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Short, Robert Waltrip 1924–2005

SHORT, Robert Waltrip 1924–2005

(Bobby Short)

OBITUARY NOTICE—See index for CA sketch: Born September 15, 1924, in Danville, IL; died of leukemia March 21, 2005, in New York, NY. Musician and author. A fixture at the Café Carlyle in New York since 1968, Short was a popular pianist and vocalist known for his renditions of jazz and other popular standards. Performing from the age of nine, when his father died, Short was playing professionally and making appearances at the Apollo by the time he was just thirteen. He decided to return to his home town in 1938 and finish his high school education, before resuming his career as a full-time performer. During his travels, he became friends with such well-known singers and musicians as Nat King Cole, Art Tatum, and Lena Horne. Despite his extensive experience, Short still felt like an amateur for many years. In 1954 he met composer Phil Moore, who later became his manager. Moore helped Short polish his style and find his musical niche, and by the 1960s the pianist felt he was at last a worthy entertainer. Not long after participating in a Greenwich Village revue of Cole Porter songs in 1965, he was hired by the Carlyle hotel, where he became a permanent act. Short's fashionable clothing and classy performances made the Café Carlyle a cultural icon of New York City that was admired by the likes of film director Woody Allen, who often made reference to the café in his movies. In addition to his performing career, however, Short was also an accomplished jazz scholar who tried to share his knowledge of African-American music with others. He was the author of two autobiographical books: Black and White Baby (1971) and Bobby Short: The Life and Times of a Saloon Singer (1995).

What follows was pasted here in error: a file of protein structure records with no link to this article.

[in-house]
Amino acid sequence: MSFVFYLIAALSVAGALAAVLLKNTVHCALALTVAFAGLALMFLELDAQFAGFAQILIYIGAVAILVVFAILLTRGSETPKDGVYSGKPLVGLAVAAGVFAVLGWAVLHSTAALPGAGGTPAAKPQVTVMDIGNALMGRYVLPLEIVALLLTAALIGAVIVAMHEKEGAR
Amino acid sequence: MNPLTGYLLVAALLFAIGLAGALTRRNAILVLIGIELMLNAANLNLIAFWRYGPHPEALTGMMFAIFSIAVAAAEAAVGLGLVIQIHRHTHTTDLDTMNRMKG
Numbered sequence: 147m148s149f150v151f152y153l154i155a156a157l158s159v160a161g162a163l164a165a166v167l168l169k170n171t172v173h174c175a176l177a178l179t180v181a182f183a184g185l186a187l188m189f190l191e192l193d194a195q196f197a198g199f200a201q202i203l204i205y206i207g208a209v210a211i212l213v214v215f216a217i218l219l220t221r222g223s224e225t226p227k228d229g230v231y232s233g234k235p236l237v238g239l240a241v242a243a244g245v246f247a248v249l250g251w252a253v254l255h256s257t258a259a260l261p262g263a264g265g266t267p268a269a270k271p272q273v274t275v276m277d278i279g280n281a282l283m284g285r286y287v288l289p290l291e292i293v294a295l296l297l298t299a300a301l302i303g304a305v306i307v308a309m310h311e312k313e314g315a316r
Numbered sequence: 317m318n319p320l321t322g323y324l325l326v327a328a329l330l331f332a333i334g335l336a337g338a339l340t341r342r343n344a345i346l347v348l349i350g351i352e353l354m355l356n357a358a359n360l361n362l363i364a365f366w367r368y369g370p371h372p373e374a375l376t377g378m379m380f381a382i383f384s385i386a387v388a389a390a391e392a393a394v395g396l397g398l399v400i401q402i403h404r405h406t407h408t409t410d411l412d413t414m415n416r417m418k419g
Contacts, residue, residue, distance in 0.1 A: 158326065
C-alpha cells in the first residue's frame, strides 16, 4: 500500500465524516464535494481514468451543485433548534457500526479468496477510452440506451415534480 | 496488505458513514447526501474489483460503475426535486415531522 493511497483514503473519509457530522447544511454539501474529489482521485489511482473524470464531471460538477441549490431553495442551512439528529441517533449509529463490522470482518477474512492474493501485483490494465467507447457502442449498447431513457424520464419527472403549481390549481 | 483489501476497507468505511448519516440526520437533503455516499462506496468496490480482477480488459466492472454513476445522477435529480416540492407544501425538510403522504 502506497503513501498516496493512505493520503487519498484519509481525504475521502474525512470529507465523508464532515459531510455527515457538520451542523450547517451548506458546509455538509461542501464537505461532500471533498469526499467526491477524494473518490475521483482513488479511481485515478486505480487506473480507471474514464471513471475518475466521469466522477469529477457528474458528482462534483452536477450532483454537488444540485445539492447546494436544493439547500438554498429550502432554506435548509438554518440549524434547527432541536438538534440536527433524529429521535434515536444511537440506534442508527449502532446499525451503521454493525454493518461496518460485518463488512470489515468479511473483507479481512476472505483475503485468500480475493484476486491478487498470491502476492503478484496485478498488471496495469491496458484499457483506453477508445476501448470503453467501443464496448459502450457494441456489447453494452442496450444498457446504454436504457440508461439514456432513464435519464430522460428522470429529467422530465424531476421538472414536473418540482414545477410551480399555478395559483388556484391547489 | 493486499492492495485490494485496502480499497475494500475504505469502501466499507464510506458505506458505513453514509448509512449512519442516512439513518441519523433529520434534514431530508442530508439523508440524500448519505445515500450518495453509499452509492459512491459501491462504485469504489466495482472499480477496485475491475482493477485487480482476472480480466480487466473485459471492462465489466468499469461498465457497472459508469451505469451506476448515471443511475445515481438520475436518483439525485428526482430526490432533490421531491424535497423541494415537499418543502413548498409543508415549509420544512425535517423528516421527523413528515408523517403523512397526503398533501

Black and White Baby, Dodd, Mead (New York, NY), 1971.

Short, Bobby, and Robert Mackintosh, Bobby Short: The Life and Times of a Saloon Singer, C. Potter (New York, NY), 1995.


Chicago Tribune, March 22, 2005, section 1, p. 5.

Los Angeles Times, March 22, 2005, p. B8.

New York Times, March 22, 2005, p. C17.

Times (London, England), March 23, 2005, p. 62.

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